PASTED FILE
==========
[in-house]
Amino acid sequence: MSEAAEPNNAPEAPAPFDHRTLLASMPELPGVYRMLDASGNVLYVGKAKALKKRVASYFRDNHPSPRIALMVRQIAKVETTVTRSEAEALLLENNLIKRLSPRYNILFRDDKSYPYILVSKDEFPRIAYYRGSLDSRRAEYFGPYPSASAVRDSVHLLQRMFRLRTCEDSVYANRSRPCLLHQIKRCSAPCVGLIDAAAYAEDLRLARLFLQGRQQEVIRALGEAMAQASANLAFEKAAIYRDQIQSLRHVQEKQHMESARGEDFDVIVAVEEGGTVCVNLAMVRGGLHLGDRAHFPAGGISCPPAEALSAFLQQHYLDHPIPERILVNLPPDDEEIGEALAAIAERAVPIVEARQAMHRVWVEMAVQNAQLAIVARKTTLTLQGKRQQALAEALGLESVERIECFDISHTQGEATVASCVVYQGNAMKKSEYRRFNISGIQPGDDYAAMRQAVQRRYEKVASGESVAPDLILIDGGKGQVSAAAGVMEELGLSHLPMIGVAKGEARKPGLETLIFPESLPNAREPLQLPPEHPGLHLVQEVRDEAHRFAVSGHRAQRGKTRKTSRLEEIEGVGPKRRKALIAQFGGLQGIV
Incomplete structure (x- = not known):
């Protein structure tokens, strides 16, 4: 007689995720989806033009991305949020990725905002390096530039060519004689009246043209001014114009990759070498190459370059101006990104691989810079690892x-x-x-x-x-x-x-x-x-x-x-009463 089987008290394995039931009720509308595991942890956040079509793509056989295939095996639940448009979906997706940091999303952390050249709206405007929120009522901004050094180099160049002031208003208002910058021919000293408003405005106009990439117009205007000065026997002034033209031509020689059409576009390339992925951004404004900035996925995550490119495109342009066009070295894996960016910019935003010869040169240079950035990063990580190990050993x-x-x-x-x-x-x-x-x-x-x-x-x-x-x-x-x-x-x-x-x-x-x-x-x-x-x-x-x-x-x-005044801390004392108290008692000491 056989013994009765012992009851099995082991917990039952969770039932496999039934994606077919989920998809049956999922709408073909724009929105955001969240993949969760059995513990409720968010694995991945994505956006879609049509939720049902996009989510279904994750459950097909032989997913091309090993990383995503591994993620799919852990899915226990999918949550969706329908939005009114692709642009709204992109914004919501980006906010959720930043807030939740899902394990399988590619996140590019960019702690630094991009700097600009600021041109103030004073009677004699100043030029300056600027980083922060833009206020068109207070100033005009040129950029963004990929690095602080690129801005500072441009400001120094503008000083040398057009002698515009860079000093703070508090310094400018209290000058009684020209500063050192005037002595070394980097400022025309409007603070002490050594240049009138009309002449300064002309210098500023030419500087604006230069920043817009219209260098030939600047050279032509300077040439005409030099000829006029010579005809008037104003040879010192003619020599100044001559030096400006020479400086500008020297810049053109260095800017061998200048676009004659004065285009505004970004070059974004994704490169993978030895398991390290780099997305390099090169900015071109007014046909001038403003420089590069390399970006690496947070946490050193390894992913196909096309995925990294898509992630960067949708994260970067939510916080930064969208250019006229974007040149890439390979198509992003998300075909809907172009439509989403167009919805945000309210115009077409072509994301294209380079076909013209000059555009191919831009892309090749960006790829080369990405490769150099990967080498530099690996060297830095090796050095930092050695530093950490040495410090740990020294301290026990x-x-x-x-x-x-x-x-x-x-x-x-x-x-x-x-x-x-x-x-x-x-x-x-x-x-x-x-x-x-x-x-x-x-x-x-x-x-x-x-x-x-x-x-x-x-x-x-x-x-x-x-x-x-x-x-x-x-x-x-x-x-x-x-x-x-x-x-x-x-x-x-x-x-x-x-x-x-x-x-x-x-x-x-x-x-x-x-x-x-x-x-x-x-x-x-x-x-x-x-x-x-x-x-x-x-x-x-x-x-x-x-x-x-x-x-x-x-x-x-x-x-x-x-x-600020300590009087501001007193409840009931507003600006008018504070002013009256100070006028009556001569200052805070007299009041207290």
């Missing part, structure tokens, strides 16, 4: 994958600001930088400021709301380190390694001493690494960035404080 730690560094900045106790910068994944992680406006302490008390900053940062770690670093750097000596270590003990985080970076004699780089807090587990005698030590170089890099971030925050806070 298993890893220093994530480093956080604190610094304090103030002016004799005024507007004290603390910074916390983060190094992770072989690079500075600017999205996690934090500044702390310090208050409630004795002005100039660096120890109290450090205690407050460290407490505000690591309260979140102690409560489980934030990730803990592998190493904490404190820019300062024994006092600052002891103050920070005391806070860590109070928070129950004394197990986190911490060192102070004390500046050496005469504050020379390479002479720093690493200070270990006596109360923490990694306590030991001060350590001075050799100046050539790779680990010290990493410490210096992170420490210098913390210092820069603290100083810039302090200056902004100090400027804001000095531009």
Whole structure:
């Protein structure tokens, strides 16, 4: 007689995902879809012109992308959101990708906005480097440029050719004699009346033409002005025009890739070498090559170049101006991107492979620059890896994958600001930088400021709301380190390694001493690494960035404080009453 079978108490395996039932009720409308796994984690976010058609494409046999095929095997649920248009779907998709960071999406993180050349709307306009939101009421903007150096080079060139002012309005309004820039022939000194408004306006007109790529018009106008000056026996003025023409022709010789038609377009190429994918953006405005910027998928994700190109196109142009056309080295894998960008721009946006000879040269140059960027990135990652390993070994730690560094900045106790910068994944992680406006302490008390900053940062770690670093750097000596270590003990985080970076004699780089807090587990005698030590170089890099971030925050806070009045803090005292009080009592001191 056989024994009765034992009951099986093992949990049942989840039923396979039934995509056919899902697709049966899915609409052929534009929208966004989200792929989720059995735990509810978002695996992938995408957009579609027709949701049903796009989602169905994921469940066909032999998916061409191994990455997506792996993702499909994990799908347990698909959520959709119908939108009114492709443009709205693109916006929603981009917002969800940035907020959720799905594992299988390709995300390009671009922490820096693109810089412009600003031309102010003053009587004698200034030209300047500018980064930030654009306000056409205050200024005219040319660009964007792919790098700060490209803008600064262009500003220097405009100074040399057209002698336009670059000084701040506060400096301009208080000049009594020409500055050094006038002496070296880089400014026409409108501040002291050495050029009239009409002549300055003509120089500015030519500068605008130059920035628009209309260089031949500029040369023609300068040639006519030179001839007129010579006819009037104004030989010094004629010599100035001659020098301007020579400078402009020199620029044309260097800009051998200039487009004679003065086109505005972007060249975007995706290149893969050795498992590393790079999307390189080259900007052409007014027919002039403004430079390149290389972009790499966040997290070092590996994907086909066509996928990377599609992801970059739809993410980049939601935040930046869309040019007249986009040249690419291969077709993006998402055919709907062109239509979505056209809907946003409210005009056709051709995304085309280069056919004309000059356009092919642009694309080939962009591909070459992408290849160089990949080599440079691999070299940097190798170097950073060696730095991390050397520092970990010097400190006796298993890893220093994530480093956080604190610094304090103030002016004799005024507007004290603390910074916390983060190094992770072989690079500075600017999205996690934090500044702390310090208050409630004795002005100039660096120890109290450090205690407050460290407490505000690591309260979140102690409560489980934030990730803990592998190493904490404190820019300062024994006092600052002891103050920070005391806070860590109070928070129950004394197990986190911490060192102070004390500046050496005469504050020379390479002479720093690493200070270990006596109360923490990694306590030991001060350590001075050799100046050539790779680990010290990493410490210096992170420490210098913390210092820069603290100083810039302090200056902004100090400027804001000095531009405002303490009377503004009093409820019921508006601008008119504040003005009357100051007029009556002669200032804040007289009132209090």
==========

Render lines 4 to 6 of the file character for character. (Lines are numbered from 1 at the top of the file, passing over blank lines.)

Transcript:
């Protein structure tokens, strides 16, 4: 007689995720989806033009991305949020990725905002390096530039060519004689009246043209001014114009990759070498190459370059101006990104691989810079690892x-x-x-x-x-x-x-x-x-x-x-009463 089987008290394995039931009720509308595991942890956040079509793509056989295939095996639940448009979906997706940091999303952390050249709206405007929120009522901004050094180099160049002031208003208002910058021919000293408003405005106009990439117009205007000065026997002034033209031509020689059409576009390339992925951004404004900035996925995550490119495109342009066009070295894996960016910019935003010869040169240079950035990063990580190990050993x-x-x-x-x-x-x-x-x-x-x-x-x-x-x-x-x-x-x-x-x-x-x-x-x-x-x-x-x-x-x-005044801390004392108290008692000491 056989013994009765012992009851099995082991917990039952969770039932496999039934994606077919989920998809049956999922709408073909724009929105955001969240993949969760059995513990409720968010694995991945994505956006879609049509939720049902996009989510279904994750459950097909032989997913091309090993990383995503591994993620799919852990899915226990999918949550969706329908939005009114692709642009709204992109914004919501980006906010959720930043807030939740899902394990399988590619996140590019960019702690630094991009700097600009600021041109103030004073009677004699100043030029300056600027980083922060833009206020068109207070100033005009040129950029963004990929690095602080690129801005500072441009400001120094503008000083040398057009002698515009860079000093703070508090310094400018209290000058009684020209500063050192005037002595070394980097400022025309409007603070002490050594240049009138009309002449300064002309210098500023030419500087604006230069920043817009219209260098030939600047050279032509300077040439005409030099000829006029010579005809008037104003040879010192003619020599100044001559030096400006020479400086500008020297810049053109260095800017061998200048676009004659004065285009505004970004070059974004994704490169993978030895398991390290780099997305390099090169900015071109007014046909001038403003420089590069390399970006690496947070946490050193390894992913196909096309995925990294898509992630960067949708994260970067939510916080930064969208250019006229974007040149890439390979198509992003998300075909809907172009439509989403167009919805945000309210115009077409072509994301294209380079076909013209000059555009191919831009892309090749960006790829080369990405490769150099990967080498530099690996060297830095090796050095930092050695530093950490040495410090740990020294301290026990x-x-x-x-x-x-x-x-x-x-x-x-x-x-x-x-x-x-x-x-x-x-x-x-x-x-x-x-x-x-x-x-x-x-x-x-x-x-x-x-x-x-x-x-x-x-x-x-x-x-x-x-x-x-x-x-x-x-x-x-x-x-x-x-x-x-x-x-x-x-x-x-x-x-x-x-x-x-x-x-x-x-x-x-x-x-x-x-x-x-x-x-x-x-x-x-x-x-x-x-x-x-x-x-x-x-x-x-x-x-x-x-x-x-x-x-x-x-x-x-x-x-x-x-x-600020300590009087501001007193409840009931507003600006008018504070002013009256100070006028009556001569200052805070007299009041207290």
């Missing part, structure tokens, strides 16, 4: 994958600001930088400021709301380190390694001493690494960035404080 730690560094900045106790910068994944992680406006302490008390900053940062770690670093750097000596270590003990985080970076004699780089807090587990005698030590170089890099971030925050806070 298993890893220093994530480093956080604190610094304090103030002016004799005024507007004290603390910074916390983060190094992770072989690079500075600017999205996690934090500044702390310090208050409630004795002005100039660096120890109290450090205690407050460290407490505000690591309260979140102690409560489980934030990730803990592998190493904490404190820019300062024994006092600052002891103050920070005391806070860590109070928070129950004394197990986190911490060192102070004390500046050496005469504050020379390479002479720093690493200070270990006596109360923490990694306590030991001060350590001075050799100046050539790779680990010290990493410490210096992170420490210098913390210092820069603290100083810039302090200056902004100090400027804001000095531009």
Whole structure: